Wrestling

Let’s Talk About Simon Gotch & The Perils Of The NXT Bubble

ScreenCritics Shaun explores Simon Gotch, NXT and the problems that the current format for the show present its emerging talent.

When fans talk about NXT, it’s typically done in gushing tones. It’s a platform that’s given rise to a number of huge stars in WWE. From homegrown talent like Bray Wyatt, Charlotte and Big Cass – through to honing indie darlings like Kevin Owens and Sami Zayn; NXT has become a byword for quality and freshness. Yet as Simon Gotch makes his departure from the company this evening, the reality is that NXT’s success rate is far more sporadic than WWE or hardcore fans will want to admit.

NXT’s benefit is that it allows WWE to cultivate and help craft Superstars for the main roster, in front of a passionate audience. It lets them sand down rough edges while giving the company an outlet to test out indie talent before throwing it to the main roster. Yet in this mechanism, the company has awkwardly created a situation where it sets some Superstars up for failure – locked into gimmicks that are doomed to failure the moment they leave the NXT bubble.

When WWE made use of FCW as a developmental territory, it allowed the company to experiment more wildly. Guys like Roman Reigns, Dean Ambrose and many of the current WWE Superstars were allowed to experiment and change gimmicks as and when needed. Their gimmicks could change on the way to the main roster – because the main WWE audience didn’t know them. Sure there are plenty of guys that fell here, but in some circumstances it created megastars. Imagine if the three members of The Shield hadn’t been given that chance to form that group and arrived with the gimmicks they were given in developmental. It wouldn’t work.

Part of this problem is that NXT’s fans are so passionate and so loud that they awkwardly skew the results against Superstars. NXT’s small-scale creates an intimate relationship between fans and Superstars. It’s a connection that’s much more pronounced than on the main roster, and it’s one of the reasons NXT feels like such a success. Yet on the flip side, when gimmicks that shouldn’t work appear to be getting over – WWE is reluctant to change things up. As soon as a talent begins to exhibit that kind of connection, there’s very little wiggle room to change en route to the main roster. This is what happened to Simon Gotch.

Guys like Tyler Breeze for example worked on NXT because the fans were willing to cheer him as and when needed. They’d seen his development and wanted him to succeed. Yet removed from the bright lights and small arena down in Florida, his gimmick however didn’t translate to the main roster. The average Raw crowd just aren’t as patient as their NXT counterparts – leading to a situation where he’s awkwardly rejected by the fans. This fan reaction pushes WWE Creative to panic, and ultimately strips talent of the one thing they were sure of – a gimmick that seemed destined to get them over.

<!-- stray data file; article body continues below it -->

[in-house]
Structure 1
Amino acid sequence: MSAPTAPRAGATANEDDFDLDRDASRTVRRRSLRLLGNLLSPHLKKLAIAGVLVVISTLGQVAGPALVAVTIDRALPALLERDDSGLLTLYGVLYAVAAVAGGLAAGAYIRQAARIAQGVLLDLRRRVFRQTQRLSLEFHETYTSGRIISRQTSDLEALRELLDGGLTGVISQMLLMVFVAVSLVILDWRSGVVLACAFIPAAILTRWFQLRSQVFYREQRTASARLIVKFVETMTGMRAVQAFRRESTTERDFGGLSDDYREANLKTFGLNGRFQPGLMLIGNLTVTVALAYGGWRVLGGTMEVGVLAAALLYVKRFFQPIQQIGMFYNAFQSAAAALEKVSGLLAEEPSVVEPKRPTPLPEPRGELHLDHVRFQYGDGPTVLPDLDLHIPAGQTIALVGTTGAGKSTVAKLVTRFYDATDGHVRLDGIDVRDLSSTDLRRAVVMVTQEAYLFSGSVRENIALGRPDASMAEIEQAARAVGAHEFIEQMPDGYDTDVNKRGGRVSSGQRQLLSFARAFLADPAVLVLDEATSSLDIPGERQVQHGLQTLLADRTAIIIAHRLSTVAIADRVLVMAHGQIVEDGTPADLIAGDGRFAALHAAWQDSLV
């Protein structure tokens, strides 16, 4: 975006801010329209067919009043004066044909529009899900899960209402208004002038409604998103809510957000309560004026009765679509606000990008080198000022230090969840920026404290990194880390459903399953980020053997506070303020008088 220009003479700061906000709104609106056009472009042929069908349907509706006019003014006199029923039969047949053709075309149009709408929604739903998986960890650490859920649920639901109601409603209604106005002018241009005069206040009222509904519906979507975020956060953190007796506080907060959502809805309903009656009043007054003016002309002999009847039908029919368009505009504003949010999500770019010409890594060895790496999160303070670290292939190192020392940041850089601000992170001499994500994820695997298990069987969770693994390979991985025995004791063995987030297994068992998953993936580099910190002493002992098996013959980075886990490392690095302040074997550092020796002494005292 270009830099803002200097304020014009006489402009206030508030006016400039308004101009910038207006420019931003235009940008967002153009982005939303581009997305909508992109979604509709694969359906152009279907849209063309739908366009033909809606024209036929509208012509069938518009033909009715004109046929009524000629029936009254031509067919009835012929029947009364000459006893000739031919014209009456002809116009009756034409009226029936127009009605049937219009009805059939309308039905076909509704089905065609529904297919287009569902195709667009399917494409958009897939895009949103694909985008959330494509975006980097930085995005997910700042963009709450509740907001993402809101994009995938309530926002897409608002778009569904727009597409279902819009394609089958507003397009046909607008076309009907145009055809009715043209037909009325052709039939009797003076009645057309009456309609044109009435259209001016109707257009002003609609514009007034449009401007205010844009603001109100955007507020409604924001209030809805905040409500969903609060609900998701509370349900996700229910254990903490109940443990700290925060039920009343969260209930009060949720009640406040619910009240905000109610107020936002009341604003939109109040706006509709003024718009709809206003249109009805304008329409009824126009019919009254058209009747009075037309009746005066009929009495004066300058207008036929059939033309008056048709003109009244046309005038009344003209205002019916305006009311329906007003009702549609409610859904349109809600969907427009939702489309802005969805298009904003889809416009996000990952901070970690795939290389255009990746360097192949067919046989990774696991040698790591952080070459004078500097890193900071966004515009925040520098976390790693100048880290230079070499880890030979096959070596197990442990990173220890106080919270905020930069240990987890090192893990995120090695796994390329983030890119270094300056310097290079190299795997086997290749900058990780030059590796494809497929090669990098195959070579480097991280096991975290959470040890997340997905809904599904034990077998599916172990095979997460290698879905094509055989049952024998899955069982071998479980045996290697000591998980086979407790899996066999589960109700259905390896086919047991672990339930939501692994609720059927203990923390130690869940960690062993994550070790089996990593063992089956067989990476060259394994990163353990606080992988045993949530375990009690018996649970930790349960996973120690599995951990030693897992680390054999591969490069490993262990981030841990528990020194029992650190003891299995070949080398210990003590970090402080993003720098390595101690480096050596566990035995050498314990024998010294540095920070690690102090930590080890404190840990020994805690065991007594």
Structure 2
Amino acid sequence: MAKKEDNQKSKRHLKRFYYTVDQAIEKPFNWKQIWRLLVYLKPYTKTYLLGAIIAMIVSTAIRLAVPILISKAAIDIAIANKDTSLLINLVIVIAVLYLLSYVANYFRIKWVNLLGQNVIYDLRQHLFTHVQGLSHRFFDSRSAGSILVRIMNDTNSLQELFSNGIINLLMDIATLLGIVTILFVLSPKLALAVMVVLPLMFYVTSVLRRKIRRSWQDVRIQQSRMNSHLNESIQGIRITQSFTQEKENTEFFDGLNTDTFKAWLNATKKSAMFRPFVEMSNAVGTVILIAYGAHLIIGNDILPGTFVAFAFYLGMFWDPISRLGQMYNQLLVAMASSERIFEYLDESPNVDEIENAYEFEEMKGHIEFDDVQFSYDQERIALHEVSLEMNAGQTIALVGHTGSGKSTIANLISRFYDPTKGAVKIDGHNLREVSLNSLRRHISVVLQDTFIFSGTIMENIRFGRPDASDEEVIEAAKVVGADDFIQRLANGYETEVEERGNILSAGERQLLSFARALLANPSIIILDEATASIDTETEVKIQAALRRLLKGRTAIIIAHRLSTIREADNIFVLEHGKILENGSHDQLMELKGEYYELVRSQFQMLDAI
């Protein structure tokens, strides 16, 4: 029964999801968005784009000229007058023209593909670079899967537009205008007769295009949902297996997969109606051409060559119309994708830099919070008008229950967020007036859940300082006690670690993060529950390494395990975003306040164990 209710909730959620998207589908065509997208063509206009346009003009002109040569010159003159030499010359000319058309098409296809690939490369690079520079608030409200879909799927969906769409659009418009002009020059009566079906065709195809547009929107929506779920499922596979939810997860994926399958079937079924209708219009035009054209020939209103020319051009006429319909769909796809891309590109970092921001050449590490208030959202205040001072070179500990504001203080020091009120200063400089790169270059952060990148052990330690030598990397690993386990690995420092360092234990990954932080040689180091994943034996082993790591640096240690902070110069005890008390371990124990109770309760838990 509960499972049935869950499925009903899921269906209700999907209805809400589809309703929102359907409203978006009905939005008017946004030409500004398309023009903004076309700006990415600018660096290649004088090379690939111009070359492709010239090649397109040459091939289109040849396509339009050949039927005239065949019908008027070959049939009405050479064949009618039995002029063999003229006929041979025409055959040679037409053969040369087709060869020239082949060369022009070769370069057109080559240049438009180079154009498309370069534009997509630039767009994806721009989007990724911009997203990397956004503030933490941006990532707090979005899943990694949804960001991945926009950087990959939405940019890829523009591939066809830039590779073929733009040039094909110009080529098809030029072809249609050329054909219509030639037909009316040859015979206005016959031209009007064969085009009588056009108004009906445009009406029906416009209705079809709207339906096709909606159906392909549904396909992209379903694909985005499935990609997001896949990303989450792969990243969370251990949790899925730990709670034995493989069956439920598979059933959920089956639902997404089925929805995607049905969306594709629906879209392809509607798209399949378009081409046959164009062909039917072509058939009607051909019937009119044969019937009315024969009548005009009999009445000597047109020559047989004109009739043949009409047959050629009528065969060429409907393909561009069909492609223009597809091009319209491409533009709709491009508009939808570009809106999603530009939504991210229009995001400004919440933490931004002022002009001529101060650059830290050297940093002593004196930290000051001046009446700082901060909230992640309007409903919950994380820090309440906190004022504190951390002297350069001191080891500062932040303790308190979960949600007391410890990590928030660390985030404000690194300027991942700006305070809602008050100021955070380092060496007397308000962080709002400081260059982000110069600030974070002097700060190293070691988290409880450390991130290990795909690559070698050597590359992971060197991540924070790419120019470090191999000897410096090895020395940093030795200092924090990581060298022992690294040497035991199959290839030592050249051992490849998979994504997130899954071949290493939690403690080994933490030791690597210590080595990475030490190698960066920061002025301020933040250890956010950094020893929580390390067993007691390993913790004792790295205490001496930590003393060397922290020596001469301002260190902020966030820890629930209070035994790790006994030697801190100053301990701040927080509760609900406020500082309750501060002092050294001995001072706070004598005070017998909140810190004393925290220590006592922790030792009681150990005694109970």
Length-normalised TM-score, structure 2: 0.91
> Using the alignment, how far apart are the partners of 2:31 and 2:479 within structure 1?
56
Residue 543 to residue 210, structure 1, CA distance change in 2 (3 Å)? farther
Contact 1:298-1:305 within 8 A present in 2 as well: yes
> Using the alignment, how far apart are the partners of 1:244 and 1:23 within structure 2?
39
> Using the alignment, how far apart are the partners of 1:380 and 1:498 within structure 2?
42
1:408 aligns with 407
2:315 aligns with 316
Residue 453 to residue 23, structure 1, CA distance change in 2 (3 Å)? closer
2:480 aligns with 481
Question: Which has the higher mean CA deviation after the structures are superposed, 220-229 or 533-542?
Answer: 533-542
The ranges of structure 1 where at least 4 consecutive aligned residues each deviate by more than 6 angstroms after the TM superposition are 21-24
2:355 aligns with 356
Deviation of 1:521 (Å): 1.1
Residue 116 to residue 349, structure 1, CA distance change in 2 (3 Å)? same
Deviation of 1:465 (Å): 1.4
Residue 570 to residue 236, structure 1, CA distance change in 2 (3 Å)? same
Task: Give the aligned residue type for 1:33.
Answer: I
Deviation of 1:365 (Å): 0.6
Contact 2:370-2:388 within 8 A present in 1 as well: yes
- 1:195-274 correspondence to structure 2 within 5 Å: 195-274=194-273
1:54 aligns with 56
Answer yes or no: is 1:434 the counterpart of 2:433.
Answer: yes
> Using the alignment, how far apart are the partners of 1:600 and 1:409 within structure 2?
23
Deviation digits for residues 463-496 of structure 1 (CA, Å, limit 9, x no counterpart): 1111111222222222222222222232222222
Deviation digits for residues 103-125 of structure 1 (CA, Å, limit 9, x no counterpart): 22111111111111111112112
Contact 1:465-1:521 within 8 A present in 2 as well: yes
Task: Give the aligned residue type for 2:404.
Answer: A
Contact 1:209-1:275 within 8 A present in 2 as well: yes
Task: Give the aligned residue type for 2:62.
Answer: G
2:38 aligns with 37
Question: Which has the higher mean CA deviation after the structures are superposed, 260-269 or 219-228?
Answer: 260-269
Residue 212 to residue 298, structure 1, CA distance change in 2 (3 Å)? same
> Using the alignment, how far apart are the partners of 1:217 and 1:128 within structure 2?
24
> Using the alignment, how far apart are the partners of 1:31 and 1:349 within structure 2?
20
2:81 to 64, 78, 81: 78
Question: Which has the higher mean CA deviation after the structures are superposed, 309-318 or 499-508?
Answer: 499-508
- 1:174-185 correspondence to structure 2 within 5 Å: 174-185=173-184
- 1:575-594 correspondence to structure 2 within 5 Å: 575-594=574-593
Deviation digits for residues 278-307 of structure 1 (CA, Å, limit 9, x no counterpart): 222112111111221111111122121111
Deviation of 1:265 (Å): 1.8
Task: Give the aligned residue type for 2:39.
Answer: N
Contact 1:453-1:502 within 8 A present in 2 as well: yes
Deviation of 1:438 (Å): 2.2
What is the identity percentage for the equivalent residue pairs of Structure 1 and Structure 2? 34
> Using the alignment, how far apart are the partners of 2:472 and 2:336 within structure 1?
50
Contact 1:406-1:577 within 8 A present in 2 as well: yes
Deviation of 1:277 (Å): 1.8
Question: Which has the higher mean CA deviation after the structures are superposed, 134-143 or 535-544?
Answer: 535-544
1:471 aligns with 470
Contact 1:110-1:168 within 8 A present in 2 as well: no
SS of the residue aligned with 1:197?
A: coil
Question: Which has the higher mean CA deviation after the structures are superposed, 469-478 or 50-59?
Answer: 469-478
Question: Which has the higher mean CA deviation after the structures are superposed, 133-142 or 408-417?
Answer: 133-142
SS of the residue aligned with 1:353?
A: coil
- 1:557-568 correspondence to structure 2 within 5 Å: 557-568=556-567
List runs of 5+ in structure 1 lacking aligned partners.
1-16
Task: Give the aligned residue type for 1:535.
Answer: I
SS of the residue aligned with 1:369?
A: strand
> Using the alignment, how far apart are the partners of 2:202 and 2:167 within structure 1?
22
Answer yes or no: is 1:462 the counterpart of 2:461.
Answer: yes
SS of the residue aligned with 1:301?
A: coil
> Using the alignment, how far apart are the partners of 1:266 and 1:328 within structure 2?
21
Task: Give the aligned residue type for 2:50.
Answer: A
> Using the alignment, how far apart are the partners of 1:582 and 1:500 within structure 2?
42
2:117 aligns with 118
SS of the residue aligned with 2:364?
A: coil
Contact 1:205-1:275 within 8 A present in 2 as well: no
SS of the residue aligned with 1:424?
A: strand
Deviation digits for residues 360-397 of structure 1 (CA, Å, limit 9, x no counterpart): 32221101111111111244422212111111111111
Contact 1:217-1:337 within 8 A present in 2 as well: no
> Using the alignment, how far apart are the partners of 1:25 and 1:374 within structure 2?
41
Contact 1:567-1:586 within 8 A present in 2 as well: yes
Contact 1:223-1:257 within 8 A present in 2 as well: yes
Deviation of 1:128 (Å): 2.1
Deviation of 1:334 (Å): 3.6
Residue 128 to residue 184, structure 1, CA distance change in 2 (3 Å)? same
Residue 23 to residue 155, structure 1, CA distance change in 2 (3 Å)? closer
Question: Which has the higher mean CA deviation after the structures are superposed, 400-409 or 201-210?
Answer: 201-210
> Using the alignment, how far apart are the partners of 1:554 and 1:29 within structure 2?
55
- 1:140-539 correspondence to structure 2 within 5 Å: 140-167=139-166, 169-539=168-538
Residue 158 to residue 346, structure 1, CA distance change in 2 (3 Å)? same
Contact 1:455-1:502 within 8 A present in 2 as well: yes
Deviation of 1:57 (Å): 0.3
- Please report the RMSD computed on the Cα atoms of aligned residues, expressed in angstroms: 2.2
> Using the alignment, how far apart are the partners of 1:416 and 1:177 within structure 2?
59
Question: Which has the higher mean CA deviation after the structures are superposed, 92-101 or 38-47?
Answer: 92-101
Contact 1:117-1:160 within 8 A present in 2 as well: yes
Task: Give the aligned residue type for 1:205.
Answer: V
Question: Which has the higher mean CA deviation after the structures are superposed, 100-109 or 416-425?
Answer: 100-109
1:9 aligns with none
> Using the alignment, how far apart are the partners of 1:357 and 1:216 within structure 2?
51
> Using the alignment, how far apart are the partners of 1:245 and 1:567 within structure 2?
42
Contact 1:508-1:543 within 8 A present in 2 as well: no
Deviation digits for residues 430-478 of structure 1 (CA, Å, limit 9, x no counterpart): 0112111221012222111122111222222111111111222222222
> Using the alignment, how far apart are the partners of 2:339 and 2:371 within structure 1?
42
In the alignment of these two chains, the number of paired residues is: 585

Simon Gotch’s departure is a sign of this failure to translate momentum between shows. When the VaudeVillains arrived just after Wrestlemania 32, they had one of the more unique gimmicks on the roster. Yet it didn’t take long for WWE to opt out of this almost entirely. The former NXT Tag Team Champions became another face in a mundane Tag Team division, stripped of their uniqueness and cast to the lower roster. The days where NXT fans were crazily cheering capturing the pair seemed like a lifetime ago.

We can’t really blame WWE Creative all the time for this. It’s not really a surprise that such a gimmick didn’t translate into a massive arena. The illusion created on NXT works because only a few hundred people have to suspend their disbelief. These guys liked The VaudeVillains, so cheered for them regardless. But asking 10,000 people – filled with kids, parents and casual fans – to suspend their disbelief as two guys walk to the ring while the TV audience get all the fun was a big ask.

The problem when this failed is that WWE didn’t really have anything else for the pair. Stripped of their entrance and unique selling point, there was nowhere to go. Because of the quick nature of WWE TV – there’s not many second chances if a gimmick collapses on itself. No one stopped to say “This might not work, what comes next?” – the WWE machine spat them out and ultimately cost Simon Gotch his momentum because it didn’t know how to use him.

As WWE continues to expand NXT – it makes me wonder how successful the brand actually is as a developmental pool. The success stories of Kevin Owens, Sami Zayn and inevitably Shinsuke Nakamura are great headline grabbers – but they mask the truth. The truth is that WWE hasn’t mastered the art of creating home-grown talent. They continue to push out adequate talent, but unless they change the way NXT transitions operate – I worry that this problem isn’t going away. That Superstars like Tye Dillinger will be thrown on the scrap-heap long before their time, all because WWE weren’t willing to change direction and surprise fans.

What NXT has given us in spectacle, it’s taken away in surprise.

 

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